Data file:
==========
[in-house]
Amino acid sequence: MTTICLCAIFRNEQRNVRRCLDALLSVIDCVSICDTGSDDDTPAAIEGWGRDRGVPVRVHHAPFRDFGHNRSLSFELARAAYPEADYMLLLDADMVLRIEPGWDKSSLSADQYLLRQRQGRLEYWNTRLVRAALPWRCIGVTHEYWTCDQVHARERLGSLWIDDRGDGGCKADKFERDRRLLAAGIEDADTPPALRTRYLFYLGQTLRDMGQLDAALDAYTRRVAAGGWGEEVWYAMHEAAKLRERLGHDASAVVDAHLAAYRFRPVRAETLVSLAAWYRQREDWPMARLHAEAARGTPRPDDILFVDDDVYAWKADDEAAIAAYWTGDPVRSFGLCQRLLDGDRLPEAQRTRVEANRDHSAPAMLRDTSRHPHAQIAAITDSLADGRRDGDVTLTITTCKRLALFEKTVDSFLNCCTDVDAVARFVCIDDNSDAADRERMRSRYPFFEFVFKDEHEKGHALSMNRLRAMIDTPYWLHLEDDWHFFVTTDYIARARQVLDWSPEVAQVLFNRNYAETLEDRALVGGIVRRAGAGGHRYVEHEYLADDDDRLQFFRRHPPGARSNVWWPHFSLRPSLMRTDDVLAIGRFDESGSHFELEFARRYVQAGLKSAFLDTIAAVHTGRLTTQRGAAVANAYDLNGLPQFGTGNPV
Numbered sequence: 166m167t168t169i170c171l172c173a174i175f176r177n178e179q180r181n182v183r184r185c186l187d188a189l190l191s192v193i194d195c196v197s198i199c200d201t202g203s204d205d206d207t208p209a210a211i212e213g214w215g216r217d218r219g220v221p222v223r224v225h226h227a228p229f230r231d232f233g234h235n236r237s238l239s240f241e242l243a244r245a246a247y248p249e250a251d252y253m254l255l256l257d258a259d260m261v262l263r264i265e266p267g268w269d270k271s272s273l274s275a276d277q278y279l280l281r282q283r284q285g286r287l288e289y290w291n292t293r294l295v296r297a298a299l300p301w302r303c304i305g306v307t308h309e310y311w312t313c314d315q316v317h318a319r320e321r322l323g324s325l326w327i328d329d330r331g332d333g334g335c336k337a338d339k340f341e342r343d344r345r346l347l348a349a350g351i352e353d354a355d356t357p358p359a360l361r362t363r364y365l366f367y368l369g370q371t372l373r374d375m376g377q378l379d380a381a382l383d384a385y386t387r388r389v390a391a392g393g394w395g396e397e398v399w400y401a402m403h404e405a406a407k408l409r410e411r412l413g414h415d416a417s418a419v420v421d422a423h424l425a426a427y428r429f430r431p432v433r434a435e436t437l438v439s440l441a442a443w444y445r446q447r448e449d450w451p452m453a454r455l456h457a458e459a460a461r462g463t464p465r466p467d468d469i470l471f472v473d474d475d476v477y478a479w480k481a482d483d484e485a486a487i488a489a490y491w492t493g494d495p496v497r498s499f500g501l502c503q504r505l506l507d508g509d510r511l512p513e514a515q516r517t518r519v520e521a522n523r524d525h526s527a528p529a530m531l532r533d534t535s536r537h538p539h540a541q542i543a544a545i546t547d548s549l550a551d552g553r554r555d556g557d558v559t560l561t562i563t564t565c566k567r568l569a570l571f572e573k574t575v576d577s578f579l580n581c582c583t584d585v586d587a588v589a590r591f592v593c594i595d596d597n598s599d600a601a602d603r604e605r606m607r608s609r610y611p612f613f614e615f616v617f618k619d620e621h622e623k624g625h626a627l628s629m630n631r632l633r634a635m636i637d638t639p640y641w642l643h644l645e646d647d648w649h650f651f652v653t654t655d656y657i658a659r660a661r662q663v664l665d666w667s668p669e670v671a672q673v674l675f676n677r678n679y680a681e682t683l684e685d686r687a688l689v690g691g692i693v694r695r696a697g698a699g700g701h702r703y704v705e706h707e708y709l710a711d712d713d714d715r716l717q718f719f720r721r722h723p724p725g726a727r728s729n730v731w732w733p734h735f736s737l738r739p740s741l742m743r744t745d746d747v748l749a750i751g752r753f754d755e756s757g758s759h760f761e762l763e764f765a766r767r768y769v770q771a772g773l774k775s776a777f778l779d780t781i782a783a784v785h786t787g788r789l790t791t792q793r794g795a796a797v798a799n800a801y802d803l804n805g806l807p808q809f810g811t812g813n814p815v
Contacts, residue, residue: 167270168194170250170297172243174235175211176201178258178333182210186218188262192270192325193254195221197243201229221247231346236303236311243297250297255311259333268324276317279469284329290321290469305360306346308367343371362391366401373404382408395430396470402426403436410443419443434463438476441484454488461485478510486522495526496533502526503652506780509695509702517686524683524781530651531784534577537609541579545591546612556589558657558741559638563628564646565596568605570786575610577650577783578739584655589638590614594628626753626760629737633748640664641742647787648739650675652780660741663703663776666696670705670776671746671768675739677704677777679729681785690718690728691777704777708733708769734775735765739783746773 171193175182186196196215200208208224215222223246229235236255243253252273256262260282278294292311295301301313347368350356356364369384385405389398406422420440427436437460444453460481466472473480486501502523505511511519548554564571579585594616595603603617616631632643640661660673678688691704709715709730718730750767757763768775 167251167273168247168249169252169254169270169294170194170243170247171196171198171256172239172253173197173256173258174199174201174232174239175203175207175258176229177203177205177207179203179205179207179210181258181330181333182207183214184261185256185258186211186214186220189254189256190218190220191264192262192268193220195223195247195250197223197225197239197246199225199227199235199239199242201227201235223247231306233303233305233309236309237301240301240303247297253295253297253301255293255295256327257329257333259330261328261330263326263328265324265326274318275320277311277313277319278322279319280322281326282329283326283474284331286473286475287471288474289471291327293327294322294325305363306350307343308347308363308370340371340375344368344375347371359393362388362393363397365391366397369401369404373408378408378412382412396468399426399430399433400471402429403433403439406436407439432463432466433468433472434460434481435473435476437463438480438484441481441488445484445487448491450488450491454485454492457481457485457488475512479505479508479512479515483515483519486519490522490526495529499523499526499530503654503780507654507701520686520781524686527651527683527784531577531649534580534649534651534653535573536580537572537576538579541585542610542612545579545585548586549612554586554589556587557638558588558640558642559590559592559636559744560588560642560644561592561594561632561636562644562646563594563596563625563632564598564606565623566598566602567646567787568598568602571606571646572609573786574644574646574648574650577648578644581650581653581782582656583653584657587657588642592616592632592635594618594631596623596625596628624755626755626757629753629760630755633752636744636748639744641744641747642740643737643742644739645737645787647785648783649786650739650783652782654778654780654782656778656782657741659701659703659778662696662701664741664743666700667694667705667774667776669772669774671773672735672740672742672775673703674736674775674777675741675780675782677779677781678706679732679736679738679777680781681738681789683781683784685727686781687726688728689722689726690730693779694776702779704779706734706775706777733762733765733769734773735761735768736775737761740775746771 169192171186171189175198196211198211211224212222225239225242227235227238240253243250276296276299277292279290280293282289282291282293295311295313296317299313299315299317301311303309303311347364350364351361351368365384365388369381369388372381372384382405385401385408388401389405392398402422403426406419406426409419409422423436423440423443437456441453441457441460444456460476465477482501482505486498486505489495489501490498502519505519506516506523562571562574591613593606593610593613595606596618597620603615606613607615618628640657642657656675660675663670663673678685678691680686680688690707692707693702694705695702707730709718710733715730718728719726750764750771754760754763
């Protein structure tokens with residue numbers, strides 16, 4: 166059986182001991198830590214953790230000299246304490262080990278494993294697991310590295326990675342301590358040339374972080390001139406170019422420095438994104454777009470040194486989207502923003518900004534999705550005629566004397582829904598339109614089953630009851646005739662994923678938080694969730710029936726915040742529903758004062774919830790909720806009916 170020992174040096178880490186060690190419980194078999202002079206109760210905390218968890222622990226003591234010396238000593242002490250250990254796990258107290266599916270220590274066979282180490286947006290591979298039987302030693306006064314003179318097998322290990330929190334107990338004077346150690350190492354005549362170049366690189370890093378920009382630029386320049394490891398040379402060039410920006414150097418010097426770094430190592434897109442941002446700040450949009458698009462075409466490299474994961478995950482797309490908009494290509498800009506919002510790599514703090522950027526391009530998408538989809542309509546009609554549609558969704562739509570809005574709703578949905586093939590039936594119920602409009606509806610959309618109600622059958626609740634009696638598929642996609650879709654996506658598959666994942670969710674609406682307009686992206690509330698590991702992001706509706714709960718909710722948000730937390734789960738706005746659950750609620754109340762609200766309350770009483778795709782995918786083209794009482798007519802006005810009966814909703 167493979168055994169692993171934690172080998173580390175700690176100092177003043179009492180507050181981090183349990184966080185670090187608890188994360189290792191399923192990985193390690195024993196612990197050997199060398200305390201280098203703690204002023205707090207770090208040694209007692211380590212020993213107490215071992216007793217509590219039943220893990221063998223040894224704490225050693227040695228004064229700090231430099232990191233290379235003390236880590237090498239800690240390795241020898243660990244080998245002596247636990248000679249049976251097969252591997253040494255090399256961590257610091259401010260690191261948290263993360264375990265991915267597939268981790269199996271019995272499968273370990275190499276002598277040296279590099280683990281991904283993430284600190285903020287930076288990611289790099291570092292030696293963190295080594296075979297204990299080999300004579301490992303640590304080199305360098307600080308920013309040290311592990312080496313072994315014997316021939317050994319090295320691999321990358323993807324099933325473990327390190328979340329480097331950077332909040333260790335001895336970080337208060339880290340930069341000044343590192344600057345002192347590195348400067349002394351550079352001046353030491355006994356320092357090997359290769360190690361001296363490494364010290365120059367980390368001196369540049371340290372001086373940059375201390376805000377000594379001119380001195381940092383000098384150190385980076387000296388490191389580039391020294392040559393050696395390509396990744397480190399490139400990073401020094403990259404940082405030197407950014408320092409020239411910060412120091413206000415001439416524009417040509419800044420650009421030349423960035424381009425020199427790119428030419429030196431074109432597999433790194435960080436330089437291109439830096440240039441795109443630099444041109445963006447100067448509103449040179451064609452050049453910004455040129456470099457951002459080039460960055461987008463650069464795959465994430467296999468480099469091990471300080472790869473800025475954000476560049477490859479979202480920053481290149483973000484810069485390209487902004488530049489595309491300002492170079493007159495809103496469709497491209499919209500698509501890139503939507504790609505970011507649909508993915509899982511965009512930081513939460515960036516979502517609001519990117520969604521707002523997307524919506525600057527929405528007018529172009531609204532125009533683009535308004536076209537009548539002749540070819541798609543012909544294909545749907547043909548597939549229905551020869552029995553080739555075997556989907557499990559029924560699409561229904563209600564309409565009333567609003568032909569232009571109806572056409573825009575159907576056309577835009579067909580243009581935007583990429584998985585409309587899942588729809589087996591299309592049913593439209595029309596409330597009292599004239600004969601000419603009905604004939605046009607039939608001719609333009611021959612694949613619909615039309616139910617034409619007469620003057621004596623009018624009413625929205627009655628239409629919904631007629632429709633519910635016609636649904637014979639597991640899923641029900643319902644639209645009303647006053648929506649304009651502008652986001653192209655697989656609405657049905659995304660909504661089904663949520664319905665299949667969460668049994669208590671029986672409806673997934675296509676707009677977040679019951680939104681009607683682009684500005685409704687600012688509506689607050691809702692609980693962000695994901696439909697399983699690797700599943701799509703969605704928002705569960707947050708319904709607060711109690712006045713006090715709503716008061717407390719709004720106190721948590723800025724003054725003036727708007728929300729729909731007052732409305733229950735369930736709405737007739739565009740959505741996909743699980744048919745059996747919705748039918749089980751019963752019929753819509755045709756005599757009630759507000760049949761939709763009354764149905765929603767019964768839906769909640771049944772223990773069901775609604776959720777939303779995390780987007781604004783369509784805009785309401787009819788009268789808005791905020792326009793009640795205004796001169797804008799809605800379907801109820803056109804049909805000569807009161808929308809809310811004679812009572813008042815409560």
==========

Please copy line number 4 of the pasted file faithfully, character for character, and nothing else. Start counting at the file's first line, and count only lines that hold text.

Contacts, residue, residue: 167270168194170250170297172243174235175211176201178258178333182210186218188262192270192325193254195221197243201229221247231346236303236311243297250297255311259333268324276317279469284329290321290469305360306346308367343371362391366401373404382408395430396470402426403436410443419443434463438476441484454488461485478510486522495526496533502526503652506780509695509702517686524683524781530651531784534577537609541579545591546612556589558657558741559638563628564646565596568605570786575610577650577783578739584655589638590614594628626753626760629737633748640664641742647787648739650675652780660741663703663776666696670705670776671746671768675739677704677777679729681785690718690728691777704777708733708769734775735765739783746773 171193175182186196196215200208208224215222223246229235236255243253252273256262260282278294292311295301301313347368350356356364369384385405389398406422420440427436437460444453460481466472473480486501502523505511511519548554564571579585594616595603603617616631632643640661660673678688691704709715709730718730750767757763768775 167251167273168247168249169252169254169270169294170194170243170247171196171198171256172239172253173197173256173258174199174201174232174239175203175207175258176229177203177205177207179203179205179207179210181258181330181333182207183214184261185256185258186211186214186220189254189256190218190220191264192262192268193220195223195247195250197223197225197239197246199225199227199235199239199242201227201235223247231306233303233305233309236309237301240301240303247297253295253297253301255293255295256327257329257333259330261328261330263326263328265324265326274318275320277311277313277319278322279319280322281326282329283326283474284331286473286475287471288474289471291327293327294322294325305363306350307343308347308363308370340371340375344368344375347371359393362388362393363397365391366397369401369404373408378408378412382412396468399426399430399433400471402429403433403439406436407439432463432466433468433472434460434481435473435476437463438480438484441481441488445484445487448491450488450491454485454492457481457485457488475512479505479508479512479515483515483519486519490522490526495529499523499526499530503654503780507654507701520686520781524686527651527683527784531577531649534580534649534651534653535573536580537572537576538579541585542610542612545579545585548586549612554586554589556587557638558588558640558642559590559592559636559744560588560642560644561592561594561632561636562644562646563594563596563625563632564598564606565623566598566602567646567787568598568602571606571646572609573786574644574646574648574650577648578644581650581653581782582656583653584657587657588642592616592632592635594618594631596623596625596628624755626755626757629753629760630755633752636744636748639744641744641747642740643737643742644739645737645787647785648783649786650739650783652782654778654780654782656778656782657741659701659703659778662696662701664741664743666700667694667705667774667776669772669774671773672735672740672742672775673703674736674775674777675741675780675782677779677781678706679732679736679738679777680781681738681789683781683784685727686781687726688728689722689726690730693779694776702779704779706734706775706777733762733765733769734773735761735768736775737761740775746771 169192171186171189175198196211198211211224212222225239225242227235227238240253243250276296276299277292279290280293282289282291282293295311295313296317299313299315299317301311303309303311347364350364351361351368365384365388369381369388372381372384382405385401385408388401389405392398402422403426406419406426409419409422423436423440423443437456441453441457441460444456460476465477482501482505486498486505489495489501490498502519505519506516506523562571562574591613593606593610593613595606596618597620603615606613607615618628640657642657656675660675663670663673678685678691680686680688690707692707693702694705695702707730709718710733715730718728719726750764750771754760754763